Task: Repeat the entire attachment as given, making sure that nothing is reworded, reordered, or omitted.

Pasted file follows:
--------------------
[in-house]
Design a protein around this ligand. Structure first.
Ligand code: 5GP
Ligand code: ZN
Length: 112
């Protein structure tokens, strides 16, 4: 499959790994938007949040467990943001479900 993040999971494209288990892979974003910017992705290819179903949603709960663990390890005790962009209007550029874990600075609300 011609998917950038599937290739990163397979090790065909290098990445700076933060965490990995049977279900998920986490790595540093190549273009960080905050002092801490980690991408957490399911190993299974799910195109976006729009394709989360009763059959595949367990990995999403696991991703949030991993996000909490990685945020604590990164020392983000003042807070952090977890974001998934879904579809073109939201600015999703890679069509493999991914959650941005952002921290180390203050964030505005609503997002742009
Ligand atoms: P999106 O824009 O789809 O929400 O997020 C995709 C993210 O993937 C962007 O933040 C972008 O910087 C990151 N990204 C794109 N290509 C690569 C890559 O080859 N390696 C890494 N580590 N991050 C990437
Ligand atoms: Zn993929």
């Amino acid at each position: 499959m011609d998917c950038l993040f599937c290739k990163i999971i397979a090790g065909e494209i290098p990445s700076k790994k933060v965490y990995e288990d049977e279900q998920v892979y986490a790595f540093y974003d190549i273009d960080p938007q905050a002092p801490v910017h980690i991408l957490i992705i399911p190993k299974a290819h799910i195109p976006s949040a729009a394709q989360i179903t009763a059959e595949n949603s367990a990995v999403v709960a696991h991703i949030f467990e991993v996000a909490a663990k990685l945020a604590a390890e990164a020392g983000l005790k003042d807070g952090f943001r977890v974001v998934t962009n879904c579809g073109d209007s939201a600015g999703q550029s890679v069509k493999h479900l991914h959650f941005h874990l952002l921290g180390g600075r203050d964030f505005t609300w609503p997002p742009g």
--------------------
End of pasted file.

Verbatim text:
[in-house]
Design a protein around this ligand. Structure first.
Ligand code: 5GP
Ligand code: ZN
Length: 112
């Protein structure tokens, strides 16, 4: 499959790994938007949040467990943001479900 993040999971494209288990892979974003910017992705290819179903949603709960663990390890005790962009209007550029874990600075609300 011609998917950038599937290739990163397979090790065909290098990445700076933060965490990995049977279900998920986490790595540093190549273009960080905050002092801490980690991408957490399911190993299974799910195109976006729009394709989360009763059959595949367990990995999403696991991703949030991993996000909490990685945020604590990164020392983000003042807070952090977890974001998934879904579809073109939201600015999703890679069509493999991914959650941005952002921290180390203050964030505005609503997002742009
Ligand atoms: P999106 O824009 O789809 O929400 O997020 C995709 C993210 O993937 C962007 O933040 C972008 O910087 C990151 N990204 C794109 N290509 C690569 C890559 O080859 N390696 C890494 N580590 N991050 C990437
Ligand atoms: Zn993929």
């Amino acid at each position: 499959m011609d998917c950038l993040f599937c290739k990163i999971i397979a090790g065909e494209i290098p990445s700076k790994k933060v965490y990995e288990d049977e279900q998920v892979y986490a790595f540093y974003d190549i273009d960080p938007q905050a002092p801490v910017h980690i991408l957490i992705i399911p190993k299974a290819h799910i195109p976006s949040a729009a394709q989360i179903t009763a059959e595949n949603s367990a990995v999403v709960a696991h991703i949030f467990e991993v996000a909490a663990k990685l945020a604590a390890e990164a020392g983000l005790k003042d807070g952090f943001r977890v974001v998934t962009n879904c579809g073109d209007s939201a600015g999703q550029s890679v069509k493999h479900l991914h959650f941005h874990l952002l921290g180390g600075r203050d964030f505005t609300w609503p997002p742009g």